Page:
Interconnected sensors of IIoT and high-speed 5G connectivity enable another popular trend in manufacturing - the use of digital twins and predictive maintenance.

A digital twin is a virtual representation of a physical object or equipment in the case of a factory. It gets data from the IoT sensors embedded in its real-world counterparts. Businesses can utilize this data to carry out simulations for understanding the performance of the machine and make predictions about how it reacts to changing conditions in real time.

Due to this data, manufacturing companies can test certain parts, simulate new dimensions, or even create a digital replica on the factory floor. It can be even used for new product development and testing its performance in the factory environment without even going on the production floor.

But, the best use-case of digital twins lies in the area of predictive maintenance.

One of the biggest causes of heavy losses in manufacturing is machine downtime. According to Gartner, the average cost of machine downtime can get as high as $5600/per minute. Studies have shown that unplanned downtime can cost manufacturers a whopping $50 billion per year.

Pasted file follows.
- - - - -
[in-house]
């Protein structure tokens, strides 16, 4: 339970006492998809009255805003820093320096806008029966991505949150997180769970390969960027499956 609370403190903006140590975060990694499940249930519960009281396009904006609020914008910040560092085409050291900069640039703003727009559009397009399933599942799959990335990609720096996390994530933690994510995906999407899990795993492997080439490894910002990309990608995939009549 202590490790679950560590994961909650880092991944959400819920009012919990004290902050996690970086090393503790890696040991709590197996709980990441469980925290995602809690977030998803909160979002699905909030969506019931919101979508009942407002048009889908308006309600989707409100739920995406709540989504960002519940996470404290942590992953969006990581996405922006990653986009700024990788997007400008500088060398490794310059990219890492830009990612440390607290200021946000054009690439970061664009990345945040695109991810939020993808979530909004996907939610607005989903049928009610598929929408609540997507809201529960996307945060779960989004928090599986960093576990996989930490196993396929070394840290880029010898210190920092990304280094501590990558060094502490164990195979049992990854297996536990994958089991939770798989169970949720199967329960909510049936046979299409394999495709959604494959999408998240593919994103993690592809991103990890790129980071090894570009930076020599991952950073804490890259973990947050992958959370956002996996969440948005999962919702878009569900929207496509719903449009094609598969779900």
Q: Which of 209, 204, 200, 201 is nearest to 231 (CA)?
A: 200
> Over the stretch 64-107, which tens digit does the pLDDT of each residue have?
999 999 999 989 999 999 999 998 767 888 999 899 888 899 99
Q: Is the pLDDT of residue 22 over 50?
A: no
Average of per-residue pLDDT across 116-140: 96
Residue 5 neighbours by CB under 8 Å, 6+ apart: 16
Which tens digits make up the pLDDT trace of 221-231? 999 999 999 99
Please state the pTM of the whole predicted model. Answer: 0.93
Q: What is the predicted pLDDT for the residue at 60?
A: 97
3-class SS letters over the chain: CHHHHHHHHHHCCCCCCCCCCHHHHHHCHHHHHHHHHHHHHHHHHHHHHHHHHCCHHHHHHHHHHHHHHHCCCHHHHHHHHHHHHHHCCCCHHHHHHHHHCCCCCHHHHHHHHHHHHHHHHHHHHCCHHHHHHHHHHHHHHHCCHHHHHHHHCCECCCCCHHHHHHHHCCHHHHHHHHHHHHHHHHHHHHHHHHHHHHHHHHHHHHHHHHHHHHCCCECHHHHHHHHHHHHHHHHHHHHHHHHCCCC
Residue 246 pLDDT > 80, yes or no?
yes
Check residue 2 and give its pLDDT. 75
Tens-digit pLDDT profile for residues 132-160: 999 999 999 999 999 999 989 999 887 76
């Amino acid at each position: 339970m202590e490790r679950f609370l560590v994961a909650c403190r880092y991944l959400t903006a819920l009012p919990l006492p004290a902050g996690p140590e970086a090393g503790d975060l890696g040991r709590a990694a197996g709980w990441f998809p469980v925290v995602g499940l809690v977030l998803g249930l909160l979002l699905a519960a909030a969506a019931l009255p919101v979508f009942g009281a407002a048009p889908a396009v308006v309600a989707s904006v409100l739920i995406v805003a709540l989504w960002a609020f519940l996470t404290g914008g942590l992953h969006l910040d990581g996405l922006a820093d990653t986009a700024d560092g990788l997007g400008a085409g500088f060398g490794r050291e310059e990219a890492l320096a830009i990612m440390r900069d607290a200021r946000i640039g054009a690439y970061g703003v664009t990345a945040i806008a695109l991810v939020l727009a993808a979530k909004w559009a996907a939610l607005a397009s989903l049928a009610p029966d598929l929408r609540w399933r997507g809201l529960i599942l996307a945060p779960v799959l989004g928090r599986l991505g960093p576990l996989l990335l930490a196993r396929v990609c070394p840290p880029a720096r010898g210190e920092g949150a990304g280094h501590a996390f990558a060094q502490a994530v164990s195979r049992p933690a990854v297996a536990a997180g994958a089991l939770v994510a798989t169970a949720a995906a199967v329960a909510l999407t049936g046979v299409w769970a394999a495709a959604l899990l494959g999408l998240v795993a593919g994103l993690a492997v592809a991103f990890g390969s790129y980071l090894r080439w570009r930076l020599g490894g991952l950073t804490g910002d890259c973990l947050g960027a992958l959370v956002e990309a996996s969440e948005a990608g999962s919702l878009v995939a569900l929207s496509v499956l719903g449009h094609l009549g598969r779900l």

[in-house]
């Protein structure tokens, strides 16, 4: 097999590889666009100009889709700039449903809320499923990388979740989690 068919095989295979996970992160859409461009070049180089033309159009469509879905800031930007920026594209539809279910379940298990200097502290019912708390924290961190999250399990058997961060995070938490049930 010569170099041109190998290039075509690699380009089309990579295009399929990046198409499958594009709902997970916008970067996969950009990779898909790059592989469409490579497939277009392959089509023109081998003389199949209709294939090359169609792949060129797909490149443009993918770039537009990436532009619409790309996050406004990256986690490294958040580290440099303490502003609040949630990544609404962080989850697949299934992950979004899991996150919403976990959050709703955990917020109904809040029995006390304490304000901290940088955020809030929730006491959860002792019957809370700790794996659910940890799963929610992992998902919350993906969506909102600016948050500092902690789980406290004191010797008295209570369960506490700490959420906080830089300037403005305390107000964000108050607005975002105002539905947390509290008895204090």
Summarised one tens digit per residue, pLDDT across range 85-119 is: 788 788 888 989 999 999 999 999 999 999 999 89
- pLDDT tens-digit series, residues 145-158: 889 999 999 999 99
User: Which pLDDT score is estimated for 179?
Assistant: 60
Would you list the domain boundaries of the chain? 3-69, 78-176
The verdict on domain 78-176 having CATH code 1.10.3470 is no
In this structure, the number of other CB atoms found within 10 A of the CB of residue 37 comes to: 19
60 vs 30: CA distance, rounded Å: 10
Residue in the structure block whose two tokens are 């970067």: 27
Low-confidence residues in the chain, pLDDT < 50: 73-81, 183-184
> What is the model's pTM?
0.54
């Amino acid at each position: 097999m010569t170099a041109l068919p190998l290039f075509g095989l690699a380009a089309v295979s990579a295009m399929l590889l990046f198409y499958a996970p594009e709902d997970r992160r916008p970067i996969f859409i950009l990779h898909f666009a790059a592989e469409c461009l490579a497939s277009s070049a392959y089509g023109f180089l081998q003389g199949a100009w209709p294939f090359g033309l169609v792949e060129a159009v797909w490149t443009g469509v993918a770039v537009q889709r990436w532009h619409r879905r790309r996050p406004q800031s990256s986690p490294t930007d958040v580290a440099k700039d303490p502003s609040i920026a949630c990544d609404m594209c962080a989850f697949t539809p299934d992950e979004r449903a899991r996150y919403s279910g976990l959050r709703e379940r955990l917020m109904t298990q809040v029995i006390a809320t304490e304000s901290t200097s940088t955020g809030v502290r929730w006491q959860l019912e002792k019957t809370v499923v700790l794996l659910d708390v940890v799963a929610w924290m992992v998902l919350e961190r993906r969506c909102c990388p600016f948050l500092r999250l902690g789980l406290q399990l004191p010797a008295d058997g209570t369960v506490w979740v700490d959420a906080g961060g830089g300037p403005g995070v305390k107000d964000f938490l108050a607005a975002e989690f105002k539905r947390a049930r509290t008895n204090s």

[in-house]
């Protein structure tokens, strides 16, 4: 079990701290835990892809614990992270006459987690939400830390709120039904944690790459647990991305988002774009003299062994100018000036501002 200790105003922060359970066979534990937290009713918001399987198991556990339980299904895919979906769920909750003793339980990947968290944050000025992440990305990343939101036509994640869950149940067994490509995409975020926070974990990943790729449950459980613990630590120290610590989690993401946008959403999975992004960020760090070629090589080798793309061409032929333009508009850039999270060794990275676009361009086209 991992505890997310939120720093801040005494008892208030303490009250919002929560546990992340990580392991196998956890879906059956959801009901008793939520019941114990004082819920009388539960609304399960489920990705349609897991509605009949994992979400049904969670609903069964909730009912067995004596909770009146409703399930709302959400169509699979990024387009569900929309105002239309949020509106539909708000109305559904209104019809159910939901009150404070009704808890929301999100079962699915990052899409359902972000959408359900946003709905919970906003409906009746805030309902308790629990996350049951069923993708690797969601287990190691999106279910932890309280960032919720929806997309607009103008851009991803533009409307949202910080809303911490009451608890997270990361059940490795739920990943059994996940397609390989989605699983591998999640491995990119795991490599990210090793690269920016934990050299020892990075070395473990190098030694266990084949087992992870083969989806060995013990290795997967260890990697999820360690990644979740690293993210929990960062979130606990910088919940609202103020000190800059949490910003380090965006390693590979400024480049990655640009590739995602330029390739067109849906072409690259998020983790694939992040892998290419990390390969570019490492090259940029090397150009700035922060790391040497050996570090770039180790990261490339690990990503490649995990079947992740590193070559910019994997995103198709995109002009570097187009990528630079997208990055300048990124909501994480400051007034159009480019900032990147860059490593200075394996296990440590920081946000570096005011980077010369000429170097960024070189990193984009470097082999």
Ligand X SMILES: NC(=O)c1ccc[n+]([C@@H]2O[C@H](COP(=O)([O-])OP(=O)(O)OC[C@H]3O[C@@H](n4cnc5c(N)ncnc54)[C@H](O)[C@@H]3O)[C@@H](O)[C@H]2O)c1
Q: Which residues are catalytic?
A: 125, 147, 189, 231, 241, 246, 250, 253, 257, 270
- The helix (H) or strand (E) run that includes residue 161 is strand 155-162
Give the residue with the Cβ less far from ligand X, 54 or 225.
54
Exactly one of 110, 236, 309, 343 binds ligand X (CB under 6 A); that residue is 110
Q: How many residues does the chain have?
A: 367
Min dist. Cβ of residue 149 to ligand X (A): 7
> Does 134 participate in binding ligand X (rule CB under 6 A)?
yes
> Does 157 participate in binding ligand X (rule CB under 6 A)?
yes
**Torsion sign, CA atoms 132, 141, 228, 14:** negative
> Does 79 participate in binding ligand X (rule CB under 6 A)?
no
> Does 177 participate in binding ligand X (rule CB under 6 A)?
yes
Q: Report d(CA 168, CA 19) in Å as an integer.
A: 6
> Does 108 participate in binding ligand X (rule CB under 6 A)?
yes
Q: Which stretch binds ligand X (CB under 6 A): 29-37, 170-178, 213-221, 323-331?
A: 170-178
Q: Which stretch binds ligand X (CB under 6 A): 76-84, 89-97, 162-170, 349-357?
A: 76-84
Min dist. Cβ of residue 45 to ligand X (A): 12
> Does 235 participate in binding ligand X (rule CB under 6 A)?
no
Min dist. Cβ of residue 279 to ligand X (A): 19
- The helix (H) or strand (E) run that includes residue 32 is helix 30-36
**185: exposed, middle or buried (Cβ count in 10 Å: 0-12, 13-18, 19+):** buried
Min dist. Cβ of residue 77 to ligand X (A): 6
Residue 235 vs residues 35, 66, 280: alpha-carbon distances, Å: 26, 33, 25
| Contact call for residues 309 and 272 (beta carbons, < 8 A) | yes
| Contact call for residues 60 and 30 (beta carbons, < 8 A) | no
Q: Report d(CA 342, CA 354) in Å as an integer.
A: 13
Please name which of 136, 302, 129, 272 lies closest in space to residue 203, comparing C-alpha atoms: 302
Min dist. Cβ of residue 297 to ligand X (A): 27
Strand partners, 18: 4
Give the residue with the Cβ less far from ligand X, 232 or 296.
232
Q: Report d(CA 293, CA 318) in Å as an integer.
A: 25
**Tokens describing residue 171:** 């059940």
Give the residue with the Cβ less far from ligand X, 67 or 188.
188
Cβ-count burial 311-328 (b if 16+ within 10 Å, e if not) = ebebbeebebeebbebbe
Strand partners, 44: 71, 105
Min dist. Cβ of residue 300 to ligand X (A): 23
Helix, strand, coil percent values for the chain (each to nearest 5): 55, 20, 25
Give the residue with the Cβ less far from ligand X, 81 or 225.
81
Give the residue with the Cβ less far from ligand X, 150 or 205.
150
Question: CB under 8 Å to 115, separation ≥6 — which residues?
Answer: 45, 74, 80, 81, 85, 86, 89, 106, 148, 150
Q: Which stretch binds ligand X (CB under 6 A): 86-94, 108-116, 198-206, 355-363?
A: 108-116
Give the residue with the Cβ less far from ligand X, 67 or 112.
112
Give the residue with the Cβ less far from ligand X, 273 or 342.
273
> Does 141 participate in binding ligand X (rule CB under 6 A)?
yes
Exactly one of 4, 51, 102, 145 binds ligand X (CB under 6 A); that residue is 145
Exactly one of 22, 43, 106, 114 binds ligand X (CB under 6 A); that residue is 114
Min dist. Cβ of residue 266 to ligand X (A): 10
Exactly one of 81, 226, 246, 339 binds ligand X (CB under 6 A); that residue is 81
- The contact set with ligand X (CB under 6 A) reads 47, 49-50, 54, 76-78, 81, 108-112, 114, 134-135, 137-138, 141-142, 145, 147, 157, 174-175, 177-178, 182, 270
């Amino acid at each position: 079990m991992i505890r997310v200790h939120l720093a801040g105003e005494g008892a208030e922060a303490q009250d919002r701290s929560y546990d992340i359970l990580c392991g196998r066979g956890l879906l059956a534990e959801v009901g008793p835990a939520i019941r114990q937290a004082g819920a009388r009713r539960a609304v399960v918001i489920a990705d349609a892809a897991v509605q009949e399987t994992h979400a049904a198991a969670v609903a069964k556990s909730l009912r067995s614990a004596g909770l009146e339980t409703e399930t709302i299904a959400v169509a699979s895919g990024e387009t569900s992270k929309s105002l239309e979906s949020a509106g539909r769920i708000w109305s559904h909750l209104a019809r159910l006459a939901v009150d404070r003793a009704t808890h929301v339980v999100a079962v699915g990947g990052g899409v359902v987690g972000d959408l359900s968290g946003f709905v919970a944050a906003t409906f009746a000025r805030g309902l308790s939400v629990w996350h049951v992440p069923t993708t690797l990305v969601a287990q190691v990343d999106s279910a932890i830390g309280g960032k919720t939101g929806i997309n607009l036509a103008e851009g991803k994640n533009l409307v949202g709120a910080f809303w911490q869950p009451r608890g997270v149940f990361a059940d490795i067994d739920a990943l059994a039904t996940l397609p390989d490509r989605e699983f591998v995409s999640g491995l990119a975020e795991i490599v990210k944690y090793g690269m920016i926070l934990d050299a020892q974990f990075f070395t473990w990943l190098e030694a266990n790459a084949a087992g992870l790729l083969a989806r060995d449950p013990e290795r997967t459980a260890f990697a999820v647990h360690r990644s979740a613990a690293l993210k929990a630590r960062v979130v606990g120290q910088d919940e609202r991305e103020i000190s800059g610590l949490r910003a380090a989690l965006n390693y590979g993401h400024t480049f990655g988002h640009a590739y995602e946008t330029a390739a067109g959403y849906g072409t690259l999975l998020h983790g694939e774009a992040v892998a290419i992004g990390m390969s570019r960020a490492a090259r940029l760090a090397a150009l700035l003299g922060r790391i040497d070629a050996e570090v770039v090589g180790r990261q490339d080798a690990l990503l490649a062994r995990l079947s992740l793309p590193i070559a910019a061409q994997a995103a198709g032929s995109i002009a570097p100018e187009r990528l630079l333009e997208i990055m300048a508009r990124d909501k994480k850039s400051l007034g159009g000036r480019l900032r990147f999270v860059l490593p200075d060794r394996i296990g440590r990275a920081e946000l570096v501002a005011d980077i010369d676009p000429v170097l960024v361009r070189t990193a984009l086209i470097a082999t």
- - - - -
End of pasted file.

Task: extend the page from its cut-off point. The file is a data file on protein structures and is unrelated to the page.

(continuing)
Predictive maintenance utilizes the digital twin of real-world equipment and advanced data analytics to detect potential defects in advance. It not only reduces unplanned downtimes but also extends the lifetime of machinery by preventing breakdowns.

This is why it has become one of the most sought-after technology trends in manufacturing. The market for predictive maintenance solutions is projected to reach $13.9 billion by 2026, up from $3.8 billion at the end of 2020.

6. Manufacturing ERP powered by cloud computing

Manufacturing companies utilize Enterprise Resource Planning (ERP) to reduce costs, streamline tasks, automate back-office processes, and get data about raw materials and costs to support production.

One example of automating back-office processes is the use of AR automation software to streamline the receivables collection process. This software can be further integrated with the ERP and accounting systems like Quickbook for a complete view of the financial accounting system.

Now, with data generated from factories and production lines, manufacturers have begun using advanced ERP solutions powered by cloud computing functionality.

Cloud computing is a service where data and programs are hosted remotely, so they can be accessed from anywhere. This is usually done through the Internet, and it allows companies to store their data in the cloud and use it through the Internet.